I couldn’t work it out. For us, originality was the key trait we valued in music. U2 were clearly one of the most original bands around, having invented their own sonic landscape, but something about them was turning off the ‘the cool people’. On the rare occasions I could get anyone to mull over the issue in their minds their complaint was usually with “that dickhead singer”.
Google “I hate Bono” and 2.5 million seperate pages appear. No other rock star has attracted so much bile. Can you imagine any other rock star inspiring a film with a title like “Killing Bono”?
If you examine some of the reasons on internet discussions, you will find people saying “He’s so egotistical” or “He wears sunglasses all the time” or “He loves himself” All of these may be true but are they not also amongst the main criteria for being a rock star? Was Jim Morrison not vain? is Axl Rose not arrogant?
A more compelling criticism relates to his charity work. Ever since live aid, Bono has had a parallel career as a campaigner, working for debt relief, human rights and AIDS projects, setting up charities and foundations, meeting world leaders. His efforts have undoubtedly raised the profile of many issues but they have also raised the profile of Bono.
And this is where the animosity comes in. Bono’s fame and fortune is intrinsically linked to his charity work; there is no way to disentangle the two. To his detractors, the vanity of his persona is all-pervading. He can’t hold a press conference about human rights without sounding smarmy and pleased with himself, or play a benefit concert without basking in the glory of his saintly mission. It all appears to be for the greater glory of Bono.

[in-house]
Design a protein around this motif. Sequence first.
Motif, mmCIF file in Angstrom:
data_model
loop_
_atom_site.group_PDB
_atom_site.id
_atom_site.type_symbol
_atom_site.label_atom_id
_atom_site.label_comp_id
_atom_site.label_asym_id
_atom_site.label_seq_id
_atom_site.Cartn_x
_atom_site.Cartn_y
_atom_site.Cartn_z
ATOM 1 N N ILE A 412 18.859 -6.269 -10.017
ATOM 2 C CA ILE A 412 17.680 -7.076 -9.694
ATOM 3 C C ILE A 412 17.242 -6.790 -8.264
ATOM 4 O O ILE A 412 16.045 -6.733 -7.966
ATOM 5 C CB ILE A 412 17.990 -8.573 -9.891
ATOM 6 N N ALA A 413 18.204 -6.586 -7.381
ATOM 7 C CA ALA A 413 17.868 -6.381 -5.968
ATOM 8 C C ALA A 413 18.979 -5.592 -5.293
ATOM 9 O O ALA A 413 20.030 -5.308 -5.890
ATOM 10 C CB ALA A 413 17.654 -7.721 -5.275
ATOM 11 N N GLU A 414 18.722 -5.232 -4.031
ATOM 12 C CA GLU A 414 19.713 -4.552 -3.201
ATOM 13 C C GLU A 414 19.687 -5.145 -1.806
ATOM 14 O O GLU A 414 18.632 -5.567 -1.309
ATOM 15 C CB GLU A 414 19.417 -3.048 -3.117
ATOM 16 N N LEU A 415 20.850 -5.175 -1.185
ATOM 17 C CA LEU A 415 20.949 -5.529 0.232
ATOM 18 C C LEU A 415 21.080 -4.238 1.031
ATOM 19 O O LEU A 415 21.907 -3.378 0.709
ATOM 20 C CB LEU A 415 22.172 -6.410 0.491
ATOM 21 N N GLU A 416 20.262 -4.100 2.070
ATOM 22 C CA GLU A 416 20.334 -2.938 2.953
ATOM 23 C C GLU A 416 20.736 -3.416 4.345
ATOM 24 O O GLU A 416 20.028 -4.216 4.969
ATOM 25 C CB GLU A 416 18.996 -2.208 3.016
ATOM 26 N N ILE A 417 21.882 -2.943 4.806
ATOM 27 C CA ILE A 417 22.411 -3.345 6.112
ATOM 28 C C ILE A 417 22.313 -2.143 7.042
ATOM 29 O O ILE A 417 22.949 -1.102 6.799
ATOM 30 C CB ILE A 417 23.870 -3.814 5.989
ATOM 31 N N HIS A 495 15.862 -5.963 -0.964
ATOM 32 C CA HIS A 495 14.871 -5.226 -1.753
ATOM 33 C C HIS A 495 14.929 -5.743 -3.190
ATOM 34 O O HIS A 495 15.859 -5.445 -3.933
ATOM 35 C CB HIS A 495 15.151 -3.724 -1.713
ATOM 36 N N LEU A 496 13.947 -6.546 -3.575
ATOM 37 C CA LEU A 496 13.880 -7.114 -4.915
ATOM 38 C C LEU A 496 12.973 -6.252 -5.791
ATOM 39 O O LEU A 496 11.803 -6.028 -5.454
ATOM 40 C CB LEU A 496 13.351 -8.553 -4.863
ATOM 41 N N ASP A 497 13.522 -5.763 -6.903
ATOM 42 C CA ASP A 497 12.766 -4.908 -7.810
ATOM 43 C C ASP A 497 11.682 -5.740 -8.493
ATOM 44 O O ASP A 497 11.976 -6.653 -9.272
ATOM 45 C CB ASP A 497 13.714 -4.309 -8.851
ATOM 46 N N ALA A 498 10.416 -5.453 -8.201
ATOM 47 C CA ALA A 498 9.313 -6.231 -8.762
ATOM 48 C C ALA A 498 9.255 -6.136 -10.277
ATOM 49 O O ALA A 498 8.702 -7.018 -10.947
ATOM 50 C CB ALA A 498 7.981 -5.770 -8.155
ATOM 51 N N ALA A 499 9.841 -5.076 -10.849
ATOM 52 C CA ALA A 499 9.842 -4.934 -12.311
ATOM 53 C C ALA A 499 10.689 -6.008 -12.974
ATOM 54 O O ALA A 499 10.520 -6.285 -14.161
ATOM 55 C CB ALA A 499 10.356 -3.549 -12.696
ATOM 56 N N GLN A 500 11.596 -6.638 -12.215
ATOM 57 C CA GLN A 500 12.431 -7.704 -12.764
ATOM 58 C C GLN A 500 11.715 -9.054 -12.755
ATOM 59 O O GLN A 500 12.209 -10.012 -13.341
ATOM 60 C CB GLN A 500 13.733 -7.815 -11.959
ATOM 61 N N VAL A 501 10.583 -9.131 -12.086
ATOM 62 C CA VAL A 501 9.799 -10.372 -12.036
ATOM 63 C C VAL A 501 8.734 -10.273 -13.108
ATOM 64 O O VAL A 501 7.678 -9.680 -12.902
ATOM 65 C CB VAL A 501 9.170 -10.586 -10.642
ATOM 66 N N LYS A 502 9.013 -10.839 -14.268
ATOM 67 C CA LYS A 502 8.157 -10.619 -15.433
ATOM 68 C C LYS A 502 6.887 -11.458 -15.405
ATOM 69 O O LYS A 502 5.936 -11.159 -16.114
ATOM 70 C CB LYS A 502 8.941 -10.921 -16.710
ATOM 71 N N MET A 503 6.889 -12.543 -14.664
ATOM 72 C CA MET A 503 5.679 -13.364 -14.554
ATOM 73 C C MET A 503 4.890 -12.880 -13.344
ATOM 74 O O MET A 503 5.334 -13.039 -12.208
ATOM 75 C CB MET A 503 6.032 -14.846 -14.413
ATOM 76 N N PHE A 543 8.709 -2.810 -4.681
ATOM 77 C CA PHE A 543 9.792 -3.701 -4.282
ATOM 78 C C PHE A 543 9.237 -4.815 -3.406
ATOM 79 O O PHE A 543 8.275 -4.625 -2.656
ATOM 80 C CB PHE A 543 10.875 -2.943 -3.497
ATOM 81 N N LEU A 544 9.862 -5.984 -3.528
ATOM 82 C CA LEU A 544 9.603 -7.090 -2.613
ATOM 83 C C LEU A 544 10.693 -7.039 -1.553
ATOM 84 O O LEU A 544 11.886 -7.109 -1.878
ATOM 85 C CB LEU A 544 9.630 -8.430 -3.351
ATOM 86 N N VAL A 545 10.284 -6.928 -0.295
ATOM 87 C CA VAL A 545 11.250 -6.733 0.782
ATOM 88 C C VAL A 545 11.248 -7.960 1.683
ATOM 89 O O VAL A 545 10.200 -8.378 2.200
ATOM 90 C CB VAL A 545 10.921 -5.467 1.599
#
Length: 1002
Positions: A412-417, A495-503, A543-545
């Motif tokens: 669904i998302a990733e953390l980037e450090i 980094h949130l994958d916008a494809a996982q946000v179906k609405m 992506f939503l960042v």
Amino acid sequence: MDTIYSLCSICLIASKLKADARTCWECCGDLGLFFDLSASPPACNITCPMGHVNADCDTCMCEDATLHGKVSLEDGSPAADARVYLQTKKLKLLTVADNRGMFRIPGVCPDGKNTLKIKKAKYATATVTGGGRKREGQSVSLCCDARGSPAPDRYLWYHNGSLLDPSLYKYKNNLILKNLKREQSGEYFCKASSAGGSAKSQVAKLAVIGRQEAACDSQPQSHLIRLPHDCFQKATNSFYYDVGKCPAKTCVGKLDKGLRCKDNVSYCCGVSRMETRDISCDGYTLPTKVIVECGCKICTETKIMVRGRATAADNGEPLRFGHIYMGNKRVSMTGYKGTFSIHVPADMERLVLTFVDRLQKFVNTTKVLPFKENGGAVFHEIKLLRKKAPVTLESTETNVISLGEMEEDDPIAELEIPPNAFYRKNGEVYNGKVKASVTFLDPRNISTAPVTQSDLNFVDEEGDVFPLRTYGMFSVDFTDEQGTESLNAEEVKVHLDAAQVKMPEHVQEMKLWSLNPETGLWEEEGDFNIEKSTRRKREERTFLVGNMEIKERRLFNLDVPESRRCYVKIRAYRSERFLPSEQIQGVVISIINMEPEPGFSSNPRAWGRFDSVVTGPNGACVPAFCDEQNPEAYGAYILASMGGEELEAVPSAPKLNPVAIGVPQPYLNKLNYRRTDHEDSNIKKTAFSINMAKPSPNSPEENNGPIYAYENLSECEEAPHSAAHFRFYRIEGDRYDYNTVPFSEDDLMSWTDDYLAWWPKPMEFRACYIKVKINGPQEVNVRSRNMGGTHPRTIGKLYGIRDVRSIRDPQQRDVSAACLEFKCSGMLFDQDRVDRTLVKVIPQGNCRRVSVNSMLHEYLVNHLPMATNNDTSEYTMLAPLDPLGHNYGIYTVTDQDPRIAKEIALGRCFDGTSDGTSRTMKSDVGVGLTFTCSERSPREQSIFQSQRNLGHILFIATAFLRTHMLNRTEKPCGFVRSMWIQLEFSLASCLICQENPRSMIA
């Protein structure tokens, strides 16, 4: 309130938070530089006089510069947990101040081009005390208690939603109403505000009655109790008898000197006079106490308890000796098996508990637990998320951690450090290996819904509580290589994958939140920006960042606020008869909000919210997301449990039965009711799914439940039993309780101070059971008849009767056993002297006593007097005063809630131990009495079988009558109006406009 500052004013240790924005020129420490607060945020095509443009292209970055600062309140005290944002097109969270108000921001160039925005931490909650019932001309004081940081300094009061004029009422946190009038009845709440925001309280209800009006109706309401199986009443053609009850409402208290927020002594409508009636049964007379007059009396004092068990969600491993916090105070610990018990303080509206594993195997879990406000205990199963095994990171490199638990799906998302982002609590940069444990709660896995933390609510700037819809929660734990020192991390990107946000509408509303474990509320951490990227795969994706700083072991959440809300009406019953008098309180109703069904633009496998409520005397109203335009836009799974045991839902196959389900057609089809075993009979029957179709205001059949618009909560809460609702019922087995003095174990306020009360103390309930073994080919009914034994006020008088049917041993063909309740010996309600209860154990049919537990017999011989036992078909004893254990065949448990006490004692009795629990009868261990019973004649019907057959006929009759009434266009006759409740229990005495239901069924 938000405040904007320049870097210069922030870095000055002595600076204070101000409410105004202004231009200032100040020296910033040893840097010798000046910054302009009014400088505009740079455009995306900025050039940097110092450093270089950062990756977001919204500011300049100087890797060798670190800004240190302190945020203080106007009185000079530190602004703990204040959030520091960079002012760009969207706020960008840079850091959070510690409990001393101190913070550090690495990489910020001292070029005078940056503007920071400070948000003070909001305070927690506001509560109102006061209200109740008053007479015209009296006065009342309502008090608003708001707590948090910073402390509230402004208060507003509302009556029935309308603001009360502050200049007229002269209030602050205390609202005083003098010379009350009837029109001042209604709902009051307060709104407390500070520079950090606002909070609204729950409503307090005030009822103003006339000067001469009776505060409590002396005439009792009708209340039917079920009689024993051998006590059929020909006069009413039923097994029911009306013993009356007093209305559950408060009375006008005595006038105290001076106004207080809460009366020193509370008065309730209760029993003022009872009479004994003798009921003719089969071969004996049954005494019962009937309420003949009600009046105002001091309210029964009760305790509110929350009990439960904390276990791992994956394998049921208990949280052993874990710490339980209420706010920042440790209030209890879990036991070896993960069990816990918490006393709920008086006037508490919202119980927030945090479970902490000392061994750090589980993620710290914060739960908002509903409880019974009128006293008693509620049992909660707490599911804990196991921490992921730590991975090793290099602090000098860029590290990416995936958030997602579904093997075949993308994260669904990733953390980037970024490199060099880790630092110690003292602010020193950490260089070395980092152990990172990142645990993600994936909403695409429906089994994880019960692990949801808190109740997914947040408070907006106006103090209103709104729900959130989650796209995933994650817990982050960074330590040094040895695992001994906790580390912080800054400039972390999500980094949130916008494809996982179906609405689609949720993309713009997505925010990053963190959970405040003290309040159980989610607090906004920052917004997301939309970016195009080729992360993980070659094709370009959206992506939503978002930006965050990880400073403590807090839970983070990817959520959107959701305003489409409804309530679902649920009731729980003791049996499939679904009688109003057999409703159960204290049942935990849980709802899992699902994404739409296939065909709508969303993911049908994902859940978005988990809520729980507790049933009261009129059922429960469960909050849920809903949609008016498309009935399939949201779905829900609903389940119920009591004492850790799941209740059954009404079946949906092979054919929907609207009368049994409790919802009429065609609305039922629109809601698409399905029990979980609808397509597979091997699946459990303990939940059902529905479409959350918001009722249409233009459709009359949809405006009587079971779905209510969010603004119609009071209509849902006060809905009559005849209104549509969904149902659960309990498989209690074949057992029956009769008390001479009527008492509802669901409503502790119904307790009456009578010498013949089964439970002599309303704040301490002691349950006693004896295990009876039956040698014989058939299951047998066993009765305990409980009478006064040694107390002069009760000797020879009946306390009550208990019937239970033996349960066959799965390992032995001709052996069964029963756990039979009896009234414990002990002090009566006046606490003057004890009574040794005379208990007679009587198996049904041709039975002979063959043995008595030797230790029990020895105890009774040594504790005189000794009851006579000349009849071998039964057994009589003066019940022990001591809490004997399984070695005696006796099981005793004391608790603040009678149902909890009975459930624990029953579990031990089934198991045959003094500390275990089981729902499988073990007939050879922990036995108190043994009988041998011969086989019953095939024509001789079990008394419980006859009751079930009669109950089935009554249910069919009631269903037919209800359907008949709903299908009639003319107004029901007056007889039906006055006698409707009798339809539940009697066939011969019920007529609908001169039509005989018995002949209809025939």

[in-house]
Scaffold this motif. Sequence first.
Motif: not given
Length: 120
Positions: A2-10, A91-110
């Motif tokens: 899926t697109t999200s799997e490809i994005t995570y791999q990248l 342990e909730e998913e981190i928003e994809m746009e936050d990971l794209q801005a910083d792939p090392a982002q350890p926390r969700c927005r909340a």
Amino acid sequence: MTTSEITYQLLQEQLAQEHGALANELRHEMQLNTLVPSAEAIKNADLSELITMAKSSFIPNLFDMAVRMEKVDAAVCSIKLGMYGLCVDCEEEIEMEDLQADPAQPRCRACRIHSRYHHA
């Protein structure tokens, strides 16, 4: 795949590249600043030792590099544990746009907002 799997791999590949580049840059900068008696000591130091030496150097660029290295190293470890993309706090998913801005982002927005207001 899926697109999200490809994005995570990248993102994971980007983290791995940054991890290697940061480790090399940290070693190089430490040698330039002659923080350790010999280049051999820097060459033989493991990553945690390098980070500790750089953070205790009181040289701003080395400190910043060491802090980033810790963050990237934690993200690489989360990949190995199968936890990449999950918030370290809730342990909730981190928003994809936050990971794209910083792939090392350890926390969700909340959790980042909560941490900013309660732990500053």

Then there is the fact that he has often seemed a little too pally with the likes of George W Bush and Tony Blair. To his radical critics, it is always going to look like he is ‘cosying up’ to the powerful rather than influencing them for the good. He should be smashing the system not flattering it.
For other people who have little interest in global politics, all the campaigns just feel like lecturing. For them rock’n’roll isn’t about being responsible, it’s supposed to be the exact opposite. Authentic rock heroes give themselves up to their spontaneous, debauched, animalistic side; and as a result their fans get a vicarious release from the tedium of their workaday lives. Real rockers don’t give a shit. It’s not cool to give a shit.